Part of the bet that the New York Times Co. (NYSE: NYT) made when it began building the metered paywall for the NYTimes.com was that the audience was larger than just northern, east coast readers. In a conversation at the Goldman Sachs Communacopia conference, CEO Janet Robinson said that the company is seeing subscribers from across the nation, and is even getting some international acceptance as well.
That could augur well for plans to roll out a similar paywall for the NYTCo’s International Herald Tribune site this fall. On the downside, however, Robinson reiterated a point she made during July’s Q2 earnings call that ad sales were looking softer through Q3.
Updated: While the company’s International Herald Tribune does not have a standalone site — it’s the global version of the NYTimes.com — a NYTCo rep tells paidContent that the foreign news brand will indeed launch a paywall this fall. While the site itself won’t be broken out into a separate entity, it will be available in combination with IHT-specific apps for a subscription fee. The NYTCo isn’t ready to discuss further details on the plan, though they say the IHT paywall will differ from the NYT digital subscriber options.
Original post: Robinson declined to provide an update on the number of digital subscribers, which was 224,000 in Q2, saying that they only report those figures on a quarterly basis. But she did offer some additional color on the number paywall subs. In particular, about 88 percent are domestic and 12 percent are international.
There are also 57,000 subs collectively on Amazon’s Kindle or and Barnes & Noble’s Nook, while the carmaker Lincoln’s sponsorship program that offers free total digital acccess to the NYTimes.com’s most engaged users was 100,000. About 758,000 are home delivery subs that have linked digital accounts. “That’s well over a million, including actual direct-paid subscribers or sponsored users,” Robinson said. “That’s quite an impressive number.”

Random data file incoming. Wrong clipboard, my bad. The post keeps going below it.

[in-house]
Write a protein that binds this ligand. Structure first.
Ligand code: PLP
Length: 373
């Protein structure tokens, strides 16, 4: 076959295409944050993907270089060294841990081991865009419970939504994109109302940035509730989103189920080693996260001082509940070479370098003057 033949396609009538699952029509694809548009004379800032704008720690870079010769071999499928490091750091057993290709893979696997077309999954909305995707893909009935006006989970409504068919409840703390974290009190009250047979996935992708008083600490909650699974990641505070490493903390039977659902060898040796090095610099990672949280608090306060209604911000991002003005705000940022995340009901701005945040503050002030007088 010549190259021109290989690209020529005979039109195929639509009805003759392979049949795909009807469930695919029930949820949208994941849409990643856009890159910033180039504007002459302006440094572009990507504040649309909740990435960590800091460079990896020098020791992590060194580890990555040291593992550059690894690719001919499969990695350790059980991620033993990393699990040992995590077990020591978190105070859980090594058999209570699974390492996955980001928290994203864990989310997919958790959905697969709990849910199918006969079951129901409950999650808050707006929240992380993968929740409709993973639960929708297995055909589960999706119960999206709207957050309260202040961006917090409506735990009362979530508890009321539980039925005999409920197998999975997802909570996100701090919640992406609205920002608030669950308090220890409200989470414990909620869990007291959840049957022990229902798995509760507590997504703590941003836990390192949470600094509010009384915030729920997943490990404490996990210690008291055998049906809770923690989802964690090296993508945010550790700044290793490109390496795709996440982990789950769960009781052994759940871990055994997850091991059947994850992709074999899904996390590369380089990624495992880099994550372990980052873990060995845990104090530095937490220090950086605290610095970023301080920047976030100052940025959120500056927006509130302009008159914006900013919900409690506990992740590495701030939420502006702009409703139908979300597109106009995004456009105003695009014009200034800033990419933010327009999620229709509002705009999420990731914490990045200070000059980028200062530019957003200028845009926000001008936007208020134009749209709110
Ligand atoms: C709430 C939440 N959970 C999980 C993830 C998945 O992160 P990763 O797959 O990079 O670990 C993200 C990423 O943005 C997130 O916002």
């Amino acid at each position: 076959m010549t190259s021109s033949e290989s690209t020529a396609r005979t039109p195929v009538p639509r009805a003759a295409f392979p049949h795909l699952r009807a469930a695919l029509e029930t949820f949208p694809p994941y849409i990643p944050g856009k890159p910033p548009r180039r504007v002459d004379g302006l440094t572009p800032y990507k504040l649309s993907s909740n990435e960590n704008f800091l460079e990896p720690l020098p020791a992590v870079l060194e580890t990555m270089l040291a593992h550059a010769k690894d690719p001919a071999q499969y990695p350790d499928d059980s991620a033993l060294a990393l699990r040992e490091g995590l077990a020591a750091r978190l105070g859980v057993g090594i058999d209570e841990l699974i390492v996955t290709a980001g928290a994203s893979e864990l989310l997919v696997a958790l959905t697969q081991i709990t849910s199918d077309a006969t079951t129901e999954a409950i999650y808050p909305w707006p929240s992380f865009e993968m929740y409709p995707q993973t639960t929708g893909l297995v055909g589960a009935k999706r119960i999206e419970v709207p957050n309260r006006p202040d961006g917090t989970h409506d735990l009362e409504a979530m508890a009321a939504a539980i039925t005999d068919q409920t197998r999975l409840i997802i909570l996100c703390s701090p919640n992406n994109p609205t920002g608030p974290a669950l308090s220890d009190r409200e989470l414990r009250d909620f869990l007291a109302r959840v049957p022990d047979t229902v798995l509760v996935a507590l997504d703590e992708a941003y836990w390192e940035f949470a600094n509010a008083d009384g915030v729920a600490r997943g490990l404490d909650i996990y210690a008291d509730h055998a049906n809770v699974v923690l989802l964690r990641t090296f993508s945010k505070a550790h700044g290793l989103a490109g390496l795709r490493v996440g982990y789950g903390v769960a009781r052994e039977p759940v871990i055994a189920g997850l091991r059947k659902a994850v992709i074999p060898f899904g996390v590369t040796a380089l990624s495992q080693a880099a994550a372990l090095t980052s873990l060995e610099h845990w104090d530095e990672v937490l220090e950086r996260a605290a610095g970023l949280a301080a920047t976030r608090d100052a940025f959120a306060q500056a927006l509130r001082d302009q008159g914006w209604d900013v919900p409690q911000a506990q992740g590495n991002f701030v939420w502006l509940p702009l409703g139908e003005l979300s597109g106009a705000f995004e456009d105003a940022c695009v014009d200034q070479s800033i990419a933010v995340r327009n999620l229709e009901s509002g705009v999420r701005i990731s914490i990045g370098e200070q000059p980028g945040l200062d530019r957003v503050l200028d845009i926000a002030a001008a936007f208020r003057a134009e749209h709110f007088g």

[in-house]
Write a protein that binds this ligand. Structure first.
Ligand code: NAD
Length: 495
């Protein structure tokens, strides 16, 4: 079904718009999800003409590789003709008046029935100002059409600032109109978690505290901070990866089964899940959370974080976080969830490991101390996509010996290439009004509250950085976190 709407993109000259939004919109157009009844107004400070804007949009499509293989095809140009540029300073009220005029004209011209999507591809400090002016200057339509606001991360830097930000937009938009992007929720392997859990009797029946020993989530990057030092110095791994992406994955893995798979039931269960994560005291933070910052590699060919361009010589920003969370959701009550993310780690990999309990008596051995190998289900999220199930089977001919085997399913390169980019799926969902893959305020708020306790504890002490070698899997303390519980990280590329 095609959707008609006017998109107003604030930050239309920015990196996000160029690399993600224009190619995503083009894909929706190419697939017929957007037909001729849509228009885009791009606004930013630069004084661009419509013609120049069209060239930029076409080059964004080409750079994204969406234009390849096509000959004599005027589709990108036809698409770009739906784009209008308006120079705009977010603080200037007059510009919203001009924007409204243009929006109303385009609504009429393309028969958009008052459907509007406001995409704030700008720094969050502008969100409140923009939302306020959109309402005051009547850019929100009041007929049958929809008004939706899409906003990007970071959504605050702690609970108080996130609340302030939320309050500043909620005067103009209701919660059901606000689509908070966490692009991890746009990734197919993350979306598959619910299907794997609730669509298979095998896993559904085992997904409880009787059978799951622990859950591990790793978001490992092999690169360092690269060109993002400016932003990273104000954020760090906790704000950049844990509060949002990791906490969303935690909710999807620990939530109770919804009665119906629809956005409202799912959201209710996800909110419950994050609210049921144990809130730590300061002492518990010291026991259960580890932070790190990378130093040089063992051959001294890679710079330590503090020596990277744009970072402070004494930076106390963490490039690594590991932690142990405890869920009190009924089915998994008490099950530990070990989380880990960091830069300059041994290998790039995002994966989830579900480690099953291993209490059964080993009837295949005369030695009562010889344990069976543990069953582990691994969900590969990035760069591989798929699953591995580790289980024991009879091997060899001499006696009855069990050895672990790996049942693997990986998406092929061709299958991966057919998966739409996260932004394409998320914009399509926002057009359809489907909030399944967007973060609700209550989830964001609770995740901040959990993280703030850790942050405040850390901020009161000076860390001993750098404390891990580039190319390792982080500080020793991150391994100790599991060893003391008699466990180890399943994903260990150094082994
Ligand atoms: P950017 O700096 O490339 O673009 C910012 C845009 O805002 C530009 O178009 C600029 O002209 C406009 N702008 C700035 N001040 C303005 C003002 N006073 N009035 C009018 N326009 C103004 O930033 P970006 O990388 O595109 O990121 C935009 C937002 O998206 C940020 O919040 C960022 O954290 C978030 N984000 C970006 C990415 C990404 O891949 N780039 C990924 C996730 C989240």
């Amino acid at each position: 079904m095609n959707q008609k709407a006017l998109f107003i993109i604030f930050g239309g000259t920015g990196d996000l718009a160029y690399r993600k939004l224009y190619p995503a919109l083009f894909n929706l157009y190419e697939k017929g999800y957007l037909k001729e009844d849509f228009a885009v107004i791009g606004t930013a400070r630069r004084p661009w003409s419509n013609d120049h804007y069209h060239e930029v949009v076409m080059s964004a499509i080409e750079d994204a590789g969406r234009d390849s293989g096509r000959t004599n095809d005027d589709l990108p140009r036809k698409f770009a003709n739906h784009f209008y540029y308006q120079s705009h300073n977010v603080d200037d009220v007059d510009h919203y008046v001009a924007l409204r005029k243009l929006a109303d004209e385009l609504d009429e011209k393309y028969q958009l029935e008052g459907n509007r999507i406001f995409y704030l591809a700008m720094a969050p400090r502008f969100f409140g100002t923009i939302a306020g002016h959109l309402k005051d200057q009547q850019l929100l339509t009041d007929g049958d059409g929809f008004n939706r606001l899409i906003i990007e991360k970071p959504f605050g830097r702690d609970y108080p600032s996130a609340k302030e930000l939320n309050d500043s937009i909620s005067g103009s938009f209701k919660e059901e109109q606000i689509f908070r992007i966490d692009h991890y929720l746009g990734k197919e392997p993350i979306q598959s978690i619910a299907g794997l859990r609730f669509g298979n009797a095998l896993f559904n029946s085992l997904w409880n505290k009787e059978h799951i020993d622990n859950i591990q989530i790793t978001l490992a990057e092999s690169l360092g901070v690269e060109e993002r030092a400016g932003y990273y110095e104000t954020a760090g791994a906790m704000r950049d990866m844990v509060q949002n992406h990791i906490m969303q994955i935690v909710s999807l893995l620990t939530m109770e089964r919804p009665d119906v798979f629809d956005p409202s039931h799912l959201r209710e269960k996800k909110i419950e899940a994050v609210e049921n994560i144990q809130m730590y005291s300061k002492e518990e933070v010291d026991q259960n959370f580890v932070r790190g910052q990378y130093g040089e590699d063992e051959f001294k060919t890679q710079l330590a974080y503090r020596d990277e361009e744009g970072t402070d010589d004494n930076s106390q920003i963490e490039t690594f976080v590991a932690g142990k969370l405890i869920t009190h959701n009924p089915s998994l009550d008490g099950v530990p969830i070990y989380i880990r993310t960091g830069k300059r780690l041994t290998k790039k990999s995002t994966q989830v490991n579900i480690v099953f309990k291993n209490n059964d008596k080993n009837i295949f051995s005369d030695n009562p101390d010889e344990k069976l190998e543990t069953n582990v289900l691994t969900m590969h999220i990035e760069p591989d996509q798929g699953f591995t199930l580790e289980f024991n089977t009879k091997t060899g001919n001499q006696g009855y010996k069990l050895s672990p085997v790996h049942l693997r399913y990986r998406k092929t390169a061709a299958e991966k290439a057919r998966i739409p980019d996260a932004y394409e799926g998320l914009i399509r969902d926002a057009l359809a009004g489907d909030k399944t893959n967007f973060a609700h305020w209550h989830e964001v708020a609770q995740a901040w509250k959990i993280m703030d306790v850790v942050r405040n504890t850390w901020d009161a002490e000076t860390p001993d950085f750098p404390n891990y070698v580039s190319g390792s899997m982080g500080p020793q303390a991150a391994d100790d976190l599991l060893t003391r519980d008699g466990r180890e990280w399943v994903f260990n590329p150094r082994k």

On the advertising side, Robinson said that due to deepening economic uncertainty, brands are committing to long-term spending less frequently. As a result, the NYTCo is seeing 8 percent declines in Q3 ad revenue, with a 10 percent drop in print, and even a 2- to 3 decrease in digital ad revenues, which are partly due to the About Group’s continuing troubles.
But things are hardly dismal at the NYTCo, Robinson added, pointing out that this year is up against some difficult comparisons. For example, last year, BP spent an inordinately large amount of marketing dollars on ads in the paper to address the Gulf of Mexico oil spill, which tends to skew this year’s results.
Nevertheless, real estate, financial, national auto and entertainment have shown more weakness in ad spending. On the bright side, Robinson pointed to strong performance in telecom and luxury ad spending.
Even with the coming launch of the BostonGlobe.com paywall on October 1st, and a meter on the IHT site, capital expenditures related to the marketing and maintenance of the paywalls will be lower this year, said CFO Jim Follo, who appeared with Robinson today.
“Last year, our cap ex was $35 million, which included building the paywall, and we expected that to come down even as we continue to grow that business,” he said. “But we’ll still continue to make investments on paywall.”